Medtronic’s HeartWare was smaller and, in Shafii’s opinion, easier to implant than the Abbott device.

“A lot of good came from the HeartWare pump,” Shafii said.

But when Abbott rolled out HeartMate 3, first available in the U.S. in 2017, it became the market’s preferred device, with lower thrombosis risks than the Medtronic device. Abbott’s VAD sales rose and Medtronic’s declined.

Medtronic had been working on product updates since it acquired HeartWare — occasionally inviting doctors, like Shafii, to visit their operational headquarters in Fridley for a preview.

“They had a lot of stuff in the pipeline,” Shafii said of his visit to Medtronic three years ago.

One product in development was the MVAD (Miniature Ventricular Assist Device) that would have been even smaller than HVAD.

But those updates and new versions never made it to market.

“Medtronic was investing in several updates to the HeartWare system, including a new controller that enabled remote patient monitoring and a development program for a fully-implantable LVAD [left ventricular assist device] system,” said Erika Winkels, a Medtronic spokeswoman. “These were in various stages of development but had not yet received FDA approval.”

Sales numbers in the company’s fiscal 2020 filing show HeartWare losing ground due to “competitive pressures.”

According to a securities filing, the HVAD system brought in $141 million in revenue for Medtronic’s fiscal 2021 — about half of its sales in 2015, which was the last full year as an independent company.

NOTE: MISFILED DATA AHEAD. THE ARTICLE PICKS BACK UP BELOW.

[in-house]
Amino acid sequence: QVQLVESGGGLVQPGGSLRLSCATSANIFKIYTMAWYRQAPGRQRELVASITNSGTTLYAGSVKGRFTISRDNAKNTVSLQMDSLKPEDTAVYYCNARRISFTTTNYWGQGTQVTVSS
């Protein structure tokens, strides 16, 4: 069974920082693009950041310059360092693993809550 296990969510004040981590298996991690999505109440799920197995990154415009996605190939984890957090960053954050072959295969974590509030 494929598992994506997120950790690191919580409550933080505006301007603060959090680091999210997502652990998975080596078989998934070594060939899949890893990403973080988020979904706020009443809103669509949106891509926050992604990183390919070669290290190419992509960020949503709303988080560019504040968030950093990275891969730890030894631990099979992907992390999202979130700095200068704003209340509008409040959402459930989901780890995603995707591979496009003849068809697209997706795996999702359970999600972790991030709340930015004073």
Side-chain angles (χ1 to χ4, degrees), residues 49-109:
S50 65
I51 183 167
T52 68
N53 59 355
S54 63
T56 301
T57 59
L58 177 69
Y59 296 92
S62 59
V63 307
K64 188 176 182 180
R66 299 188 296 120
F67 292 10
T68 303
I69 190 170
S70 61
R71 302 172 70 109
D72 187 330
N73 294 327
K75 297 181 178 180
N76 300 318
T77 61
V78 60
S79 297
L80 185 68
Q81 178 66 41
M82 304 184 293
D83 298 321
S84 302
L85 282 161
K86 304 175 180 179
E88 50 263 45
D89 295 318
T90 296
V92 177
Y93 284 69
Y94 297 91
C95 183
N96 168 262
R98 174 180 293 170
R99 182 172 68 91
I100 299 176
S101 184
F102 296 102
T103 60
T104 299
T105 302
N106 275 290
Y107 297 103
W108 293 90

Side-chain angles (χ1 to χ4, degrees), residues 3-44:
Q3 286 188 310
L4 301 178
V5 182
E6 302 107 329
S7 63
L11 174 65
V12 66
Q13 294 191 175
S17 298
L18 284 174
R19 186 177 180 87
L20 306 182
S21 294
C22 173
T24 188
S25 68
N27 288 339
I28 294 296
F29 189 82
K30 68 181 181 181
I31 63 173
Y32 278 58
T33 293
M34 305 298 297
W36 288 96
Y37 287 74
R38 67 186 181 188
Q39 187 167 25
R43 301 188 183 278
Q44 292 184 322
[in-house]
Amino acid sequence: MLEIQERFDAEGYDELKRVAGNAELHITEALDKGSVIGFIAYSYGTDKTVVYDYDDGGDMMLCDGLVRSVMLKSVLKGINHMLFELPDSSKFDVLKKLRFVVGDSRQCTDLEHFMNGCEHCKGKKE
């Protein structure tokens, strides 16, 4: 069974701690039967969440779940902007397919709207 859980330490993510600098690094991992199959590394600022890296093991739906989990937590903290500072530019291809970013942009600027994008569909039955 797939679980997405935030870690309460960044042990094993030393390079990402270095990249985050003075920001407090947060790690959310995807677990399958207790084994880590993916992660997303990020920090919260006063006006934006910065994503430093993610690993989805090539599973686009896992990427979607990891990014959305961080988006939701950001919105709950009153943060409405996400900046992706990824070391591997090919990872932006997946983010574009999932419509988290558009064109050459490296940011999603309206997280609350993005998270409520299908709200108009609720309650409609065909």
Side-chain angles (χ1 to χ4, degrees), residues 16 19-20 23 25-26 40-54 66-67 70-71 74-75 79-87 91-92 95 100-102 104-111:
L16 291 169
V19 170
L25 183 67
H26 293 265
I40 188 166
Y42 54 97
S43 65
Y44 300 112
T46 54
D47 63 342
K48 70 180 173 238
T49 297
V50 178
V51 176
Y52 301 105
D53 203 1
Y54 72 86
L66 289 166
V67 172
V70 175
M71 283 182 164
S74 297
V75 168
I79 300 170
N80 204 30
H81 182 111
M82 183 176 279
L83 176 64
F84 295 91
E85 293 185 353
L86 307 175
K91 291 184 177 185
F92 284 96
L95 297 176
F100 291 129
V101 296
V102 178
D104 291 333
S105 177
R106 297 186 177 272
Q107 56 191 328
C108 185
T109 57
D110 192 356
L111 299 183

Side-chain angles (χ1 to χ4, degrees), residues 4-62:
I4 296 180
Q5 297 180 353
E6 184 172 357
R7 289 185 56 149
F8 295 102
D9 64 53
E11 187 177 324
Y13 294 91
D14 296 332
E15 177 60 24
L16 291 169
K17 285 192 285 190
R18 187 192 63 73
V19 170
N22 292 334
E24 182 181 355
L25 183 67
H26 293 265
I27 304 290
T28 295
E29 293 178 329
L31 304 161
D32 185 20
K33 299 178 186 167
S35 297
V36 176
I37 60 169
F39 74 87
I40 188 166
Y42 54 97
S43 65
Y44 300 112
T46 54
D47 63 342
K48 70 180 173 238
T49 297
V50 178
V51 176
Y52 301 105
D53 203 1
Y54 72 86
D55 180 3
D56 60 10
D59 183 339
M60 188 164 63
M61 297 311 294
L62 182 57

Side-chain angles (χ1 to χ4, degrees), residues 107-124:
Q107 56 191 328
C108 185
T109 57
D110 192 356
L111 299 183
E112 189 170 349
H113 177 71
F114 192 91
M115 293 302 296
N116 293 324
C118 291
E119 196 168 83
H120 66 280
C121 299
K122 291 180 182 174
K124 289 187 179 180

Meanwhile, manufacturing defects with the device that predated Medtronic’s ownership became harder to dismiss.

FDA data shows 12 recalls — either Class 1 or Class 2 — for HeartWare from May 2013 through July 2016 before Medtronic completed the acquisition.

“There were warnings for years before that device came off the market,” said Dr. Rita Redberg, a cardiologist with the University of California-San Francisco and editor of JAMA Internal Medicine.

Redberg called the FDA oversight of HeartWare “very disappointing.”

In 2014, the FDA issued HeartWare a warning letter outlining several concerns after an inspection of its plant in Florida. Among the issues the FDA cited was a “failure to establish and maintain procedures for implementing corrective and preventive action.”

Between 2010 and 2013, HeartWare received at least 27 complaints, and reports of two deaths and four serious injuries, according to a copy of the FDA warning letter, which no longer appears on the agency’s website.

Winkels, Medtronic’s spokeswoman, said the company did its standard due diligence before closing the deal.

“Medtronic was aware of the warning letter and reviewed and understood HeartWare management’s plan to address open issues from the warning letter,” Winkels said.